Culture Clash: “Bambi Meets Godzilla” (1969)

bambimeetsgodzilla“BAMBI MEETS GODZILLA”    (1969)

     The title says it all. This unlikely meeting of two anthropomorphized cinema icons is one of the great jests of the late 1960’s American Cinema, a period not known for its ebullient humor, but instead a period of grimly cynical anti-establishment disenchantment, paranoiac cultural dislocation, gritty decay of traditional moral structures. and the rise of hollow yet profoundly self-important faux artistry. Within that humorless landscape where bitter sarcasm began its apparently permanent substitution for genuine movie wit, Marv Newland’s flaky no-budget, ninety second film is a bracing tonic of culturally juxtpositional absurdity which bridges the innocence of Disneyesque sentimentality with the kaiju-based nihilism of Toho’s answer to the atomic nightmare.

To read the complete review, click the following link to: https://chandlerswainreviews.wordpress.com/short-films-the-other-cinema/

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About chandlerswainreviews

I've been a puppet, a pirate, a pauper, a poet, a pawn and a king, not necessarily in that order. My first major movie memory was being at the drive-in at about 1 1/2 yrs. old seeing "Sayonara" so I suppose an interest in film was inevitable. (For those scoring at home- good for you- I wasn't driving that evening, so no need to alert authorities.)Writer, critic and confessed spoiler of women, as I have a tendency to forget to put them back in the refrigerator. My apologies.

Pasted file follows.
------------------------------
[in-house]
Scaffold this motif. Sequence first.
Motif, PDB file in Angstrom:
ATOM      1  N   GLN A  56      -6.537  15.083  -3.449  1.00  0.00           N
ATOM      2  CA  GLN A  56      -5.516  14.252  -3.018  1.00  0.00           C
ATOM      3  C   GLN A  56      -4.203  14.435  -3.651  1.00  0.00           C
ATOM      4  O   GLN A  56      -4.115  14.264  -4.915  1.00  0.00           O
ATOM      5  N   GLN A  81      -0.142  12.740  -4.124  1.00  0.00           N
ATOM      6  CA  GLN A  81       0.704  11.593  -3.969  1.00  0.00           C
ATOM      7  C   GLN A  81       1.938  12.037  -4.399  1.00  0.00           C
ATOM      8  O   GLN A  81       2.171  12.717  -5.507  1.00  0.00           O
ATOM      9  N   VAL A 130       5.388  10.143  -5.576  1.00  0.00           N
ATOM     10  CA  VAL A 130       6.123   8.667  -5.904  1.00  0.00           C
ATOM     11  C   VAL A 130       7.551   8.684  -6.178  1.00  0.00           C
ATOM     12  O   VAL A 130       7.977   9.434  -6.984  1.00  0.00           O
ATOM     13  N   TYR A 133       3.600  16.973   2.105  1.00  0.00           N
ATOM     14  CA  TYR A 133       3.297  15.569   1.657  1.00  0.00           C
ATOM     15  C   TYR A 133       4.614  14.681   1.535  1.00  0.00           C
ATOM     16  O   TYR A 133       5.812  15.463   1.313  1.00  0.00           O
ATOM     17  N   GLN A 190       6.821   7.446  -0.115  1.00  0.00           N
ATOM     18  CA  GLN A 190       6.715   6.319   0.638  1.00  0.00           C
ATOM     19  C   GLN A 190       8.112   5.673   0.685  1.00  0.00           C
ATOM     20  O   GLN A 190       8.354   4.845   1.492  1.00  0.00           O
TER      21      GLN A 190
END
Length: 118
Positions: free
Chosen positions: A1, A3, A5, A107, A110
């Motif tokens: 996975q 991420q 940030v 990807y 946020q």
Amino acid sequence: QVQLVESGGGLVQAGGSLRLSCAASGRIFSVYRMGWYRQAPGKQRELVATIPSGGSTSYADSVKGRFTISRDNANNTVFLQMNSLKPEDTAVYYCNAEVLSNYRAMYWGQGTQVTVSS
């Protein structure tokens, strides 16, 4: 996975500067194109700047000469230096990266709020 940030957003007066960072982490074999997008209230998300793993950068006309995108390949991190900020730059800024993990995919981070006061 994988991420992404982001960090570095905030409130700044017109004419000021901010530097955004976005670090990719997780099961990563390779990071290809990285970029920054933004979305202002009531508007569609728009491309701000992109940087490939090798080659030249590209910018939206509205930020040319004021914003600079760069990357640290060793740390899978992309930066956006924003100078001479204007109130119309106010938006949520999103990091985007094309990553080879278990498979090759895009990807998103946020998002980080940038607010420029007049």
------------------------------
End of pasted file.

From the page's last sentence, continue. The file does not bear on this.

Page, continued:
This entry was posted in 1960's movies, animation, cartoons, cinema, Culture, Film, Film Reviews, humor, movie reviews, Movies, Reviews and tagged , , . Bookmark the permalink.

2 Responses to Culture Clash: “Bambi Meets Godzilla” (1969)

  1. This used to be heavily promoted as an addition to many a midnight movie screening back in the day, and was usually far more entertaining than the feature. I remembered it as being a one joke film (albeit a good one) but the credits are also very funny, predating “Monty Python and the Holy Grail” in debunking the process, and I love the tip of the hat to Tokyo: it’s so mock sincere yet sarcastic, the perfect postcard representation for that era of American cinema.

  2. Teepee12 says:

    I thought I was the only person on earth who had ever seen this. It’s the shortest funniest film I’ve ever seen.

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